Enhance Your Online Conversations With Jing.
Jing gives you the basic tools to start sharing images and short videos of your computer screen.

  • Capture What You See
  • Record What You Do
  • Quick & Easy Sharing

The tools I require need to be intuitive and easy to take up in the first instance, maybe with the option of progressing to more advanced capabilities over time. In fact, I just recently used Screencast-o-matic to produce a presentation for another course I’ve been taking, and I found it to be very straight forward and easy to use. I can certainly recommend it. Co-incidentally, the presentation was on the topic of personal learning networks and how developing a PLN has helped me learn and make progress towards my learning goals. I’ll provide the link here, in case anyone would care to take a look.

Image source: http://www.flickr.com/photos/colecamplese/6003188744/

Creative Commons License
This work is licensed under a Creative Commons Attribution-NonCommercial-ShareAlike 3.0 Unported License.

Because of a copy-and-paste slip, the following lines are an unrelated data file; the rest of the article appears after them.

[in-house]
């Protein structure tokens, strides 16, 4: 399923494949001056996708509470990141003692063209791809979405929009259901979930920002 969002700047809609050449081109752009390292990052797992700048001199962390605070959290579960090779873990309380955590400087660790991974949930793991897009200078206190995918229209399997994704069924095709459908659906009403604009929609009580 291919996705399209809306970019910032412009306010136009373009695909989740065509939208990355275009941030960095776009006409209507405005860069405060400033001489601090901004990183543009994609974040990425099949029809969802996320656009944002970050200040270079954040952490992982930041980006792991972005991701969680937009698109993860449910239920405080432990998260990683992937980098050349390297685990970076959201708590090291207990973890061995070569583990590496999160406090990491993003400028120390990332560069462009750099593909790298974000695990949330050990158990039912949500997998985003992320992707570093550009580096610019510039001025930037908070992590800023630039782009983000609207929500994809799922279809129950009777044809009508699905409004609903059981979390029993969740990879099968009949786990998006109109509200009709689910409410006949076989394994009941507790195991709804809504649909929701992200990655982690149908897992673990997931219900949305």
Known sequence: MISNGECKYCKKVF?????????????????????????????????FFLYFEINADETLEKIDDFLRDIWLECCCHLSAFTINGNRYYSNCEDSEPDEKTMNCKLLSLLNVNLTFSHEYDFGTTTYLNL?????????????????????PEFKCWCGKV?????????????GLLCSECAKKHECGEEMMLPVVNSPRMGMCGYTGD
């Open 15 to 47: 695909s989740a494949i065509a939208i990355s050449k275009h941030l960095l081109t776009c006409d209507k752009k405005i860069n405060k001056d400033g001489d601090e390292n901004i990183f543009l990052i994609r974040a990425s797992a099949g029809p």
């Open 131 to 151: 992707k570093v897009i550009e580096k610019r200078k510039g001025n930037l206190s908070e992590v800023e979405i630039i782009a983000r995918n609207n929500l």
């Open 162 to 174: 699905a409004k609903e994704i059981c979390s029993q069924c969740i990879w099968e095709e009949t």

POT Cert Week 11: creating digital objects for teaching and learning – copyright and intellectual property implications of remix culture

I’m sure that I might be forgiven for at first supposing that this week’s topic, “Class Resources and Intellectual Property”, might prove to be a little dull, but I was wrong.

Before reading  Chapter 8: “Copyright, Intellectual Property, and Open Educational Resources”, I watched the signposted video of Lawrence Lessig’s 2007 TED Talk, “Laws that Choke Creativity”. Immediately, I was captivated by the idea of remix that was presented and what this means, not just in terms of the law, but in terms of culture and what it means for teaching and learning in a digital age.